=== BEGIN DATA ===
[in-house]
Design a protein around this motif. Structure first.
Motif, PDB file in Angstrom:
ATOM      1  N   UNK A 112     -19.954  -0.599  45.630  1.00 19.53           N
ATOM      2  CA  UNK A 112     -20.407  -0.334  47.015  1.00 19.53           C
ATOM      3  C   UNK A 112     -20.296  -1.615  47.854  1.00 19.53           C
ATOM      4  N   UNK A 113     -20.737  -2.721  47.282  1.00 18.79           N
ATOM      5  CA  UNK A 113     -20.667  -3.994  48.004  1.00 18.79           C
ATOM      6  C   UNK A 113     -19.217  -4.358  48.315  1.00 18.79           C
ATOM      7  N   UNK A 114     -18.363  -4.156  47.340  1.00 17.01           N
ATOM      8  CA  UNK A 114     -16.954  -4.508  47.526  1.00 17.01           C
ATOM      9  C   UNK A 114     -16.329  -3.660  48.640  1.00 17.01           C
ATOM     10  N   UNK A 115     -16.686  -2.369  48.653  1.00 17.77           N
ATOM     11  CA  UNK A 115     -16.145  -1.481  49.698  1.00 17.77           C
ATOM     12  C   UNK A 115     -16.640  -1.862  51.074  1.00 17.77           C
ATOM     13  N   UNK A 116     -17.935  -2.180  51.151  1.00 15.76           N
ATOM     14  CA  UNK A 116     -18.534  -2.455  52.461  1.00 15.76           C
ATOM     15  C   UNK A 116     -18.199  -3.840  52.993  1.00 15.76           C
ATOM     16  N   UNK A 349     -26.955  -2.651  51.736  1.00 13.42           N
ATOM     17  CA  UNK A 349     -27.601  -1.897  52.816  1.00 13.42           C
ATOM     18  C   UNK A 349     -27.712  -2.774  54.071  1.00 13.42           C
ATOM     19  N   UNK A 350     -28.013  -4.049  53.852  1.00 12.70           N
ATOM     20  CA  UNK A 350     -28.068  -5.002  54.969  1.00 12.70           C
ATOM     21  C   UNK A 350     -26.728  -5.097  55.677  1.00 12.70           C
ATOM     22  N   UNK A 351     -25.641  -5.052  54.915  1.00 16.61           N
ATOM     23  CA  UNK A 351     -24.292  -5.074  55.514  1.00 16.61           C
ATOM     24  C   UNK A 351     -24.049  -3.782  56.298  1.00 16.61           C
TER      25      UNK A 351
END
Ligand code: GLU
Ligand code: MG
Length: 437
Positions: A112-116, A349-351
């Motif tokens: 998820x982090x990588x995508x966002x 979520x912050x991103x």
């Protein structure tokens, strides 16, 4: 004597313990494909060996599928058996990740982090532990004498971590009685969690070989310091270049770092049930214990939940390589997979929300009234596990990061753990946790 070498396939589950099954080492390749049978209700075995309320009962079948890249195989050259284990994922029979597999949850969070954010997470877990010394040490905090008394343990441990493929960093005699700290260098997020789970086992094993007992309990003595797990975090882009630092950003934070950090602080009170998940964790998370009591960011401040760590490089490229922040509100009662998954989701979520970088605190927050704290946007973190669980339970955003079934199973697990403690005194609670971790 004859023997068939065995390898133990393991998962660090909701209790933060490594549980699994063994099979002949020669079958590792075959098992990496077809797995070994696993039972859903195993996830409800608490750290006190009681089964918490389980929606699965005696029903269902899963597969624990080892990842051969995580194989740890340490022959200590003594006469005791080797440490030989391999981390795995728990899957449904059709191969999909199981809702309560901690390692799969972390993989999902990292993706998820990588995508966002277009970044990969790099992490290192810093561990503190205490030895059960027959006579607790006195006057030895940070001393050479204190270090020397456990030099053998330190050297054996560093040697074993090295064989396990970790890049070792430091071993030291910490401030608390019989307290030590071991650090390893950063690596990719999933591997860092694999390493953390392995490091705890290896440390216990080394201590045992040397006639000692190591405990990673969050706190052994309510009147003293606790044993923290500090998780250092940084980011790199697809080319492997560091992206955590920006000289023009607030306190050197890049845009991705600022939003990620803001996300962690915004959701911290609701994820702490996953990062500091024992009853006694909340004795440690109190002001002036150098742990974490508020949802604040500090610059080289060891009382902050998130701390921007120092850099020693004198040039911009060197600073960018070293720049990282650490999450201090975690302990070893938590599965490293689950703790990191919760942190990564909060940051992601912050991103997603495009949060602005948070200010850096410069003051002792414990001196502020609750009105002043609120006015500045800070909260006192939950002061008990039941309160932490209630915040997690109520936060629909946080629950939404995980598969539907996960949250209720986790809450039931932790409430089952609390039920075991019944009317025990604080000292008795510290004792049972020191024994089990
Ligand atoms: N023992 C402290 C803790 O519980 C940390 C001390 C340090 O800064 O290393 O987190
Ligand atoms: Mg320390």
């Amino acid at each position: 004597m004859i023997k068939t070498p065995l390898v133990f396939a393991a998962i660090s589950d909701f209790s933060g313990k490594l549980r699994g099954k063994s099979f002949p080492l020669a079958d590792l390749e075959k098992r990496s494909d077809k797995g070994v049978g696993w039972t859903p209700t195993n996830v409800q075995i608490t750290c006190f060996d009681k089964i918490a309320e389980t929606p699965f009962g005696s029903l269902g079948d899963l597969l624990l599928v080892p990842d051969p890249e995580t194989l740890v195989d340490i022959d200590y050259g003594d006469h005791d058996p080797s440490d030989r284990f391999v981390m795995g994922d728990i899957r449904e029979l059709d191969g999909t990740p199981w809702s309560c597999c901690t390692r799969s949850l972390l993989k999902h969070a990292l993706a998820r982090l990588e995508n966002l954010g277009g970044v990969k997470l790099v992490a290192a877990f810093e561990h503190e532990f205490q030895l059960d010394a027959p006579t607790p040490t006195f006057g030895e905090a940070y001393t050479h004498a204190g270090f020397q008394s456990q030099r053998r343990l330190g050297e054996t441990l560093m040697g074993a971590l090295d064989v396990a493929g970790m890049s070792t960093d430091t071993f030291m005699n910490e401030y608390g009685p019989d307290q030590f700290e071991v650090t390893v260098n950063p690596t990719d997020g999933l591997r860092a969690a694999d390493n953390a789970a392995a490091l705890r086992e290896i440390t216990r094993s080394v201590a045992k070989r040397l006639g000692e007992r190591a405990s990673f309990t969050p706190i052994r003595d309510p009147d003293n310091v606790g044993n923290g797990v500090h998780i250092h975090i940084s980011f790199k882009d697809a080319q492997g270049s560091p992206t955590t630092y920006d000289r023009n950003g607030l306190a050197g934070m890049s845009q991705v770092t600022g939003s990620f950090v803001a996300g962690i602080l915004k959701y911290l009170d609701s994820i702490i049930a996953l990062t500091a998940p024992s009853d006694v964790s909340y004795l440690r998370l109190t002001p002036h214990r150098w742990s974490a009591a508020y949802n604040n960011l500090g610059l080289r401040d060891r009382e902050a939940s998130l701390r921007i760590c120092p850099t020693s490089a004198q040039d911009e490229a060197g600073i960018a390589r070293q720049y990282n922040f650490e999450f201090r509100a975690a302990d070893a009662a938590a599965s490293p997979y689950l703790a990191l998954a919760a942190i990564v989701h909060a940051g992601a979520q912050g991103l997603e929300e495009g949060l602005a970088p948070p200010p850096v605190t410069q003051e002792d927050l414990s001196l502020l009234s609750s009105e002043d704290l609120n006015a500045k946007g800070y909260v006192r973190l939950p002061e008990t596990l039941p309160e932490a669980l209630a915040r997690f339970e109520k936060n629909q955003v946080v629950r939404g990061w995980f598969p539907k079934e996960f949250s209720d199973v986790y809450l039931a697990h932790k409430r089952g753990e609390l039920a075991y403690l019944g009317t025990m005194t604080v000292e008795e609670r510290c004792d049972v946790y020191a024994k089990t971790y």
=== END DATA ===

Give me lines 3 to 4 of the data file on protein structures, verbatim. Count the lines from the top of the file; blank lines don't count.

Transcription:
Motif, PDB file in Angstrom:
ATOM      1  N   UNK A 112     -19.954  -0.599  45.630  1.00 19.53           N